Eventually in a ’show-down’ Emma makes it clear she realises the lodger’s identity, yet to his surprise still refuses to alert the Police, arguing that he needs psychiatric treatment not hanging. The Lodger disappears leaving behind an open Bible, left open at the passage,

“And now abideth Faith, Hope and Charity. ...but the greatest of these is Charity..”

An interesting stance to take in the late 1950’s and early 60’s, the period of composition and performance, considering capital punishment was still firmly established.

Not such a surprise perhaps when you consider Tate’s background which contains elements of the unconventional. Daughter of an established architect, born and brought up in prosperous Gerrards Cross, she showed early signs of rebellion. Expelled from Primary School (for singing a lewd song !) she had no formal education. Through a roundabout route she came to the Royal Academy, persuaded by the composer and tutor Harry Farjeon, she studied piano, conducting and the timpani (!). Dismissed from the college orchestra for entering fortissimo on the timps in an empty bar during a concert conducted by Sir Henry Wood, she nevertheless doggedly pursued a career in composition.

And along with other women such as Dorothy Carwithien, Grace Williams, Ruth Gipps, and Elizabeth MaConchy she was largely ignored by the establishment...although thankfully the subject of re-evaluation no small measure it must be said to Lyrita Records.

But this is another feather in the cap of the Itter Archive, not Richard Itter’s mainstream recording programme, and once again I’m delighted to have the opportunity to hear it. A broadcast dating from the early 1960’s it is in mono, but very clear. Voices are forward ensuring, along with the standards of excellent diction of the time, that virtually every word is crystal clear. How often have I bemoaned the lack of a libretto/translation in an opera set...... and yet here we have one and it’s hardly needed !

Owen Brannigan and Johanna Peters head the cast and make an excellent husband-and-wife team, Peters sometimes sounding uncannily like Janet Baker. Joseph Ward is an effective Lodger, and Alexander Young a decent 'Joe', a young Policeman. Only the soprano Marion Studholme as the daughter Daisy troubled me, her piping tone causing near-overload on the tape at times....although still very effective singing quietly, as in her Act 1 narration “How often I’ve longed to come home”. The BBC Northern Orchestra (predecessor of the BBC Philharmonic) give admirable backing directed by the, as yet, un-ennobled Charles Groves.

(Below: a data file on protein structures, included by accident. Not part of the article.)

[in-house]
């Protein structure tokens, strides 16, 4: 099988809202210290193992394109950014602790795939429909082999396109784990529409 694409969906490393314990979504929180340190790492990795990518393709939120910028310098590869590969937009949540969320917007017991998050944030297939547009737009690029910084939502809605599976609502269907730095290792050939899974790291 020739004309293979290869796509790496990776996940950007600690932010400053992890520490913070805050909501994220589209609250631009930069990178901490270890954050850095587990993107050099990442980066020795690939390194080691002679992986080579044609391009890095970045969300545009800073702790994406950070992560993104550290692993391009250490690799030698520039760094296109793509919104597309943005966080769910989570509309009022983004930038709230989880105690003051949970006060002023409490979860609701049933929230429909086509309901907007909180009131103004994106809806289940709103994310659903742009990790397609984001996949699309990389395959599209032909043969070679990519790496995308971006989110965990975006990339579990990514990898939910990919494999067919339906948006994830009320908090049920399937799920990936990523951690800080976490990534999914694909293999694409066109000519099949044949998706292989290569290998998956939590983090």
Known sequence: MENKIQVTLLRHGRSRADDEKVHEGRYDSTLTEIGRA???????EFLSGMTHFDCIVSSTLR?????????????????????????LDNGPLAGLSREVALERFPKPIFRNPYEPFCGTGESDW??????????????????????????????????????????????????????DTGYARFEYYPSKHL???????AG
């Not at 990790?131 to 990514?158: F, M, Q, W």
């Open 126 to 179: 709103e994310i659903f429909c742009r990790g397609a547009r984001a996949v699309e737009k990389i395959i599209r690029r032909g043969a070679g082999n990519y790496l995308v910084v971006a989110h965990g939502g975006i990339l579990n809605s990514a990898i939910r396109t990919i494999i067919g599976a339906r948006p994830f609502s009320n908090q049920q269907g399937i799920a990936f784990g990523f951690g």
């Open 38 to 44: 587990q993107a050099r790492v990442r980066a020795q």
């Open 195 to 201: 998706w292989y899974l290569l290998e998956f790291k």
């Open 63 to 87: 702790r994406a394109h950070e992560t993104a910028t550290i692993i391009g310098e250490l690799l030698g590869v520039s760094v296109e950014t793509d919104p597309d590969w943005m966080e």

Around the time of the premiere the late editor of “Opera” magazine Harold Rosenthal declared in the Musical Times,

“Other than Peter Grimes, (The Lodger) is probably the most successful ‘first’ opera by a native
composer since the War”

I’m not sure I’d quite go that far, but nevertheless this is a set well worth exploring, especially for anyone with an interest in the development of the genre.

Yet again with these latest CDs I’m fascinated to think what other little gems may be lurking in this copious radio archive, and I eagerly await the next issues.

Vaughan Williams A Sea Symphony
Vaughan Williams A Sea Symphony
Price: £12.45

5 of 5 people found the following review helpful
5.0 out of 5 stars Not only the surge and the spray... but the mystical too., 21 Sept. 2015
Elder’s ongoing Vaughn-Williams cycle moves to the “Sea Symphony” and once again triumphs. Having just missed out on a Gramophone Award with their excellent disc of the “Pastoral” symphony they must surely be in the running again with this one.

Not that we’re short of fine CDs of Vaughn-Williams first essay into symphonic form: Boult (times 2 –mono and stereo), Previn, Slatkin, Haitink, Handley, Andrew Davis ...and a favourite of mine although now forgotten...Hickox – not his Chandos disc but an earlier one on Virgin Classics, transferred to an EMI Double) . I believe this was originally to be the herald of a new cycle but for various reasons the project was abandoned.

Yet.. Elder stands right at the head of this distinguished list. Bridgewater Hall seems to expand with the glorious sounds he conjures from his choir and orchestra, whilst the soloists are tremendous. Roderick Williams appears as the baritone soloist ...he really has grown to adopt a position as the dependable stalwart of such roles in British repertoire....alongside an outstanding.... indeed thrilling.... Katherine Broderick, who has become my favourite soprano amongst all these recordings.

Above all Elder makes sense of V-W’s “questing” in the finale, where the emphasis shifts from vivid description to a more theoretical, metaphysical musing. It must be so easy for this to fall apart at the seams (as it did for me in one concert names).

No this is an issue for packing everyone out the house, warning the neighbours, and turning the volume right up.

As Michael Kennedy remarks in his erudite booklet note....what an impression that great opening must have made on the audience at the premiere. ...and this signals the only sadness associated with this recording...that such a great writer on Elgar and Vaughn-Williams didn’t live to see this great enterprise with his beloved Halle through to a conclusion.